The Grandmaster - Philippe Le Sourd 2 resizeDeadline’s Anita Busch contributed to this article.

Cinematographer Philippe Le Sourd expected to work for six months on director Wong Kar Wai’s epic martial arts actioner The Grandmaster, but it ended up being a 3-year job. “Making The Grandmaster was a challenge,” he said. “It was a big journey, and I didn’t expect it to take so long.” Remarkably, this year’s Oscar nominations for Best Achievement in Cinematography and Costume Design were the first ever for the grandmaster himself, Wong, who has been directing films since 1988 and is internationally acclaimed. the_grandmaster_2013_poster-1366x768So when the director asked Le Sourd to come to China and work on his film, the New York-based DP said yes, but when he got to the set, he was faced with many challenges. “To come in as a foreigner to China when you don’t speak the language … I needed a translator on the set to try to understand what was going on,” he said. “The fact that you don’t have a script and you don’t know when you’re going to see the movie. that was an amazing challenge because you don’t know what you’re going to do the next day or the next week. Every day was a surprise.” It was no surprise that his work not only earned him his first Oscar nom but also a nominations from his peers from the American Society of Cinematographers.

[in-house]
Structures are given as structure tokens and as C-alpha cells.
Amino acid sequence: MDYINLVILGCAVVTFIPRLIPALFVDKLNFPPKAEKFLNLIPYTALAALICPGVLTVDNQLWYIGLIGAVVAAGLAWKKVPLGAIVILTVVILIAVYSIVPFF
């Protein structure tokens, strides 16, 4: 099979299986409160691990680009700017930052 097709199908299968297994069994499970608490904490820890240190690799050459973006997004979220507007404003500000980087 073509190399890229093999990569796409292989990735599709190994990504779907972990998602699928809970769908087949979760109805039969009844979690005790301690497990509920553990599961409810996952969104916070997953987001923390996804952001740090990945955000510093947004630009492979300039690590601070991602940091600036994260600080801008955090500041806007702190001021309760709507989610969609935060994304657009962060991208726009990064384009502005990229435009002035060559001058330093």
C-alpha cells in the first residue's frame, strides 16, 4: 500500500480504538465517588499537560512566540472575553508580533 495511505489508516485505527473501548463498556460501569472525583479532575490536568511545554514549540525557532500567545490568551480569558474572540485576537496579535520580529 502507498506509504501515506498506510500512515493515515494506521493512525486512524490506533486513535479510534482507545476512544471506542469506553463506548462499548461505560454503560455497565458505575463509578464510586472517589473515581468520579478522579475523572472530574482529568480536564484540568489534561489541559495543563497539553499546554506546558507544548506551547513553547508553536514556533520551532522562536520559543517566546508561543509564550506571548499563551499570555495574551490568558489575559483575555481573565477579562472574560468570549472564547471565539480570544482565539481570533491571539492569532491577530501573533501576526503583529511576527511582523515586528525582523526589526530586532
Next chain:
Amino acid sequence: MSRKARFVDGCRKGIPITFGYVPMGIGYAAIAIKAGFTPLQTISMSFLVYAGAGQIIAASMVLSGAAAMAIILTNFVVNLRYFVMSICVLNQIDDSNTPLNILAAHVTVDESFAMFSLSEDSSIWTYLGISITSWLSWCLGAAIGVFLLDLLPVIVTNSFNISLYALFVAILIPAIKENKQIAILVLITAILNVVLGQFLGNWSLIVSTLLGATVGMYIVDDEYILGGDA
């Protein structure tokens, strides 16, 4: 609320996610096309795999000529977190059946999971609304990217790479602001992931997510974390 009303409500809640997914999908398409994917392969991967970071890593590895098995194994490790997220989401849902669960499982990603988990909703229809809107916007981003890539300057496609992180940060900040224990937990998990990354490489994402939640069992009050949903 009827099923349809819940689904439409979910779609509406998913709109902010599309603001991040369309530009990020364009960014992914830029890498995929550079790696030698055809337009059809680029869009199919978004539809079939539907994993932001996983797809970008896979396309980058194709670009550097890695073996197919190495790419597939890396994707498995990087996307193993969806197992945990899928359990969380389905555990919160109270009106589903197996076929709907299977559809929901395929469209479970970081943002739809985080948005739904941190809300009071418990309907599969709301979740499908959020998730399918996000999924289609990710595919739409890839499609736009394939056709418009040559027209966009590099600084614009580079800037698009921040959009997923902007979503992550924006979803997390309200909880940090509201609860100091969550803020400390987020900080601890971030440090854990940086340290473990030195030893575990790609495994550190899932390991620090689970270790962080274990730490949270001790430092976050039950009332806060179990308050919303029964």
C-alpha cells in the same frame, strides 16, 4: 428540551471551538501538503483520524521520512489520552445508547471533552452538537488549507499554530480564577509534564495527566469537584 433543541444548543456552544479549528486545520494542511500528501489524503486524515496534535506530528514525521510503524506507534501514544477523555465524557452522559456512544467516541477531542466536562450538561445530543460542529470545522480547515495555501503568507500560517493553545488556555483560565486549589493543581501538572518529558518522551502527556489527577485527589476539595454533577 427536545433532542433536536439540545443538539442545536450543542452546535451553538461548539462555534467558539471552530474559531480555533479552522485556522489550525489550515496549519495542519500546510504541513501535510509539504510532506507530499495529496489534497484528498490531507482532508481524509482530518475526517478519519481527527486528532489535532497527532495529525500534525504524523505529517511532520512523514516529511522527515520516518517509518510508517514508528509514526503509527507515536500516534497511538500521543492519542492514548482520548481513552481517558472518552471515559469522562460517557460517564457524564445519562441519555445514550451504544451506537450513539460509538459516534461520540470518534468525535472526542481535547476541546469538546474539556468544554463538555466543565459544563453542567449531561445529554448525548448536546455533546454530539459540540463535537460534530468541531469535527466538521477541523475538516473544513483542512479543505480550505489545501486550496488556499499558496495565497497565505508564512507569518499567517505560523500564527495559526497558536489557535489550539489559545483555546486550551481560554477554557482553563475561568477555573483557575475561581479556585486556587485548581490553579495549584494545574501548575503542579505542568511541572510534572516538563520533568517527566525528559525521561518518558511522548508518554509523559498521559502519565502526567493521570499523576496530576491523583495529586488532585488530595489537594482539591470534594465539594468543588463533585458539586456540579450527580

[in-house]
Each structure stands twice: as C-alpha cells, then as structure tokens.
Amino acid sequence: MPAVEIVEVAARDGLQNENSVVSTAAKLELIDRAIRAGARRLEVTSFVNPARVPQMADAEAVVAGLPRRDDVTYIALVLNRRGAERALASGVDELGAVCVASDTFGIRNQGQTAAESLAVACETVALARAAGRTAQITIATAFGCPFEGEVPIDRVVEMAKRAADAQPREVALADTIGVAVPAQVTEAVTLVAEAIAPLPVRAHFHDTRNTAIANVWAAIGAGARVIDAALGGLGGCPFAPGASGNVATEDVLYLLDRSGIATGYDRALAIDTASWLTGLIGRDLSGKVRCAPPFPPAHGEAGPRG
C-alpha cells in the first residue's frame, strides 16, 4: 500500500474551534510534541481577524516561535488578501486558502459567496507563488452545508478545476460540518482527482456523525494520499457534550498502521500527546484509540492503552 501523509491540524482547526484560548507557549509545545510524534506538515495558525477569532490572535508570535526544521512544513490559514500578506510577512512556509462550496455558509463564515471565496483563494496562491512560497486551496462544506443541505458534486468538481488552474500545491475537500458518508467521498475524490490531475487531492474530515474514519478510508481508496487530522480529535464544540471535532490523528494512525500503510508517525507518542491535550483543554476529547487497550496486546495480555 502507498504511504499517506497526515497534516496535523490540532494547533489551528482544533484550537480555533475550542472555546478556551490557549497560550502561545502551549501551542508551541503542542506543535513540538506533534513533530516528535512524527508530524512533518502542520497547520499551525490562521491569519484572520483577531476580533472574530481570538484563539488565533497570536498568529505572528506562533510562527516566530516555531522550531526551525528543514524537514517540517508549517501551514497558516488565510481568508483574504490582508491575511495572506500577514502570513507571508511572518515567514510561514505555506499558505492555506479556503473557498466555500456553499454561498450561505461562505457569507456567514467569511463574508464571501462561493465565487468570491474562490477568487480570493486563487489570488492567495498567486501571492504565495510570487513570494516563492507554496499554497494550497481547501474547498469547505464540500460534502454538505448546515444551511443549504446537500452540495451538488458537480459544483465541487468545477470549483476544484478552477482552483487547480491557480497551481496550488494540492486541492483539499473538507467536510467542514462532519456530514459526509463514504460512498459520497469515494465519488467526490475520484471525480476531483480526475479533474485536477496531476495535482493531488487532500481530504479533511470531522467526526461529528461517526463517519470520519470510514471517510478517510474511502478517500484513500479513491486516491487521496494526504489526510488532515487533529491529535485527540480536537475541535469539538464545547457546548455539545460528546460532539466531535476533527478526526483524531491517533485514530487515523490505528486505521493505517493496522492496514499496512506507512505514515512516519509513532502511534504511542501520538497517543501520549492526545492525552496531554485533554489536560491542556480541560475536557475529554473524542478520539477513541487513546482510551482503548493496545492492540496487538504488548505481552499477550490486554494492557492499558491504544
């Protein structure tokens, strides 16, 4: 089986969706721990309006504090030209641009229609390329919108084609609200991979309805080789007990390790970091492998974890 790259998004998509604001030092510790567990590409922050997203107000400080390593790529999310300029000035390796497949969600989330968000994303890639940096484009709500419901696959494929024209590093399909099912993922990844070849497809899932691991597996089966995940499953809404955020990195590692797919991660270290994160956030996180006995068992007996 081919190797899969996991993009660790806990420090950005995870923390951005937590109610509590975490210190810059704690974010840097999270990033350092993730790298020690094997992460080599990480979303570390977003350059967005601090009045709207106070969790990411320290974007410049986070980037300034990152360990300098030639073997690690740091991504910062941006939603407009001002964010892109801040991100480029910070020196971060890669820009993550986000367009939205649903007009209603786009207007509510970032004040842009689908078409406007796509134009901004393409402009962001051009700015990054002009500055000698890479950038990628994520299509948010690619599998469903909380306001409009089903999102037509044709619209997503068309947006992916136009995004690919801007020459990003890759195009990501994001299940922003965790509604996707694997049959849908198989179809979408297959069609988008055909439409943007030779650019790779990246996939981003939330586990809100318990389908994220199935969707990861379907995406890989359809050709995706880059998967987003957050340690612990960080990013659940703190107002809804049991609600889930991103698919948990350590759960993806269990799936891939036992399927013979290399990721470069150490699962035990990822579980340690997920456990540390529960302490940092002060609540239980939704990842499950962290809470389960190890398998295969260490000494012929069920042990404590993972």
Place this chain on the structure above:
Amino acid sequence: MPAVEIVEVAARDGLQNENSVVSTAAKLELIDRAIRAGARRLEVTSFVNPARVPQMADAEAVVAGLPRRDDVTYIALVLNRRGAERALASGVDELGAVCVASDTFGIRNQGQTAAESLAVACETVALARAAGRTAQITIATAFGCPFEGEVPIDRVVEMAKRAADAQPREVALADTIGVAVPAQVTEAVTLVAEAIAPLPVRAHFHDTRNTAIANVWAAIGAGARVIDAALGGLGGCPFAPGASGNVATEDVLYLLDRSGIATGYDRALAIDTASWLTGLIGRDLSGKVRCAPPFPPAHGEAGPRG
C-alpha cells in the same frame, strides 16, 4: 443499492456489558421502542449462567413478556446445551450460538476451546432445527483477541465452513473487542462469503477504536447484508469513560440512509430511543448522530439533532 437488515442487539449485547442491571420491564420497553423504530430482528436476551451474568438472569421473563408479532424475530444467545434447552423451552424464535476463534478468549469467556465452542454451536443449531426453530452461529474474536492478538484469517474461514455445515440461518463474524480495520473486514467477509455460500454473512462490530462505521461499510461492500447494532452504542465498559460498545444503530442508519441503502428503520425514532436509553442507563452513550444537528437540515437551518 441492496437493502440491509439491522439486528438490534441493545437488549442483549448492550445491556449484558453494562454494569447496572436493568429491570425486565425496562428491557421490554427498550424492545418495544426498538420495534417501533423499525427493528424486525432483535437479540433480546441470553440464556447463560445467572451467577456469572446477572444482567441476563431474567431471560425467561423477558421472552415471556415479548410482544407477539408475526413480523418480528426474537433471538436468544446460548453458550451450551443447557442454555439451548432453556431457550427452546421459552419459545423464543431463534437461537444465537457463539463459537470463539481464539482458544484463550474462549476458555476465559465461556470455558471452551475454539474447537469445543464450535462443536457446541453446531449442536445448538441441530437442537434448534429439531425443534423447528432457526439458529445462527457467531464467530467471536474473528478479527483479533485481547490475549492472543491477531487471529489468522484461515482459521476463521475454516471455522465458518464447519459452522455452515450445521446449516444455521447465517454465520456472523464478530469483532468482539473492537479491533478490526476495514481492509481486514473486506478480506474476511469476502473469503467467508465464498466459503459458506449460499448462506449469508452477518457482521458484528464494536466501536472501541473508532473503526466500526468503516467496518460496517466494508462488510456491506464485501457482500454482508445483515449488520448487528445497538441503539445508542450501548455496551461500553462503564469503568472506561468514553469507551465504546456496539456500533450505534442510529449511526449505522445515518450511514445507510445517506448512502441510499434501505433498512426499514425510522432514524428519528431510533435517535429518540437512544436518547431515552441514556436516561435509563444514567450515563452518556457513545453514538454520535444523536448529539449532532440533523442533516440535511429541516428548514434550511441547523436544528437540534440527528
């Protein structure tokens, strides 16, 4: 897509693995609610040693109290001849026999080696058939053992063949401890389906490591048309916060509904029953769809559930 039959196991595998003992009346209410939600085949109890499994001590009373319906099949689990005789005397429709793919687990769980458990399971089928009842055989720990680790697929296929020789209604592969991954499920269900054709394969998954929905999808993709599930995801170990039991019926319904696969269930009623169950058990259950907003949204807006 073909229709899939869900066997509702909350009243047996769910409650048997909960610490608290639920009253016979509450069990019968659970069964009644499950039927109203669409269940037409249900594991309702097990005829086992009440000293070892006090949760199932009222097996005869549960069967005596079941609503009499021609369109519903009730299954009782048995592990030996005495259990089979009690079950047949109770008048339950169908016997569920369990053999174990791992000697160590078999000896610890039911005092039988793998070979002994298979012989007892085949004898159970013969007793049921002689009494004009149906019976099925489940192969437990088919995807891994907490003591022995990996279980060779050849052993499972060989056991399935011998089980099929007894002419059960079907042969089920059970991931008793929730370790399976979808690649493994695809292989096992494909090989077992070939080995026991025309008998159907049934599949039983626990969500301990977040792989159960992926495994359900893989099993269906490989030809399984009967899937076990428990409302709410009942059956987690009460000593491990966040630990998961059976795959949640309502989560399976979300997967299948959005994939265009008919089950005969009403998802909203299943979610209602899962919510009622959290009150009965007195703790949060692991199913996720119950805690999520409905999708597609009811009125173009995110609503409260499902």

Related: Wong Kar Wai On China’s Growth, Kung Fu, Oscar Contenders & Bruce Lee

U2 invisibleSince completing The Grandmaster, Le Sourd has embarked on new challenges of a more musical nature among other things. The acclaimed DP was the lensman on U2’s new music video for “Invisible,” which debuted to a record-breaking audience during this month’s Super Bowl. The simple, almost stark video reveals Le Sourd’s ability to illuminate and mesmerize, turning the tried-and-true rock video format into something that sparkles anew. Similarly, with The Grandmaster, which was shot on Fuji’s last roll, Le Sourd displayed a visually dexterity rarely seen in the martial arts genre. What will he do next? He’s not sure. “I’m looking for a new journey.” He said he learned something through this experience. “What you learn at the end is you have to journey in the present. You have to let it go. Don’t think about the future. Don’t think about the past, it’s just what you know today.” He called it the most beautiful and difficult experience.

MARK GEORGEFF
6 months
As much of a structure fanatic as I am, coming from a journalistic background where verifiable news...

Related: OSCARS: Producers Craig Zadan & Neil Meron Play It Safer This Year With Star-Studded Show Led By Ellen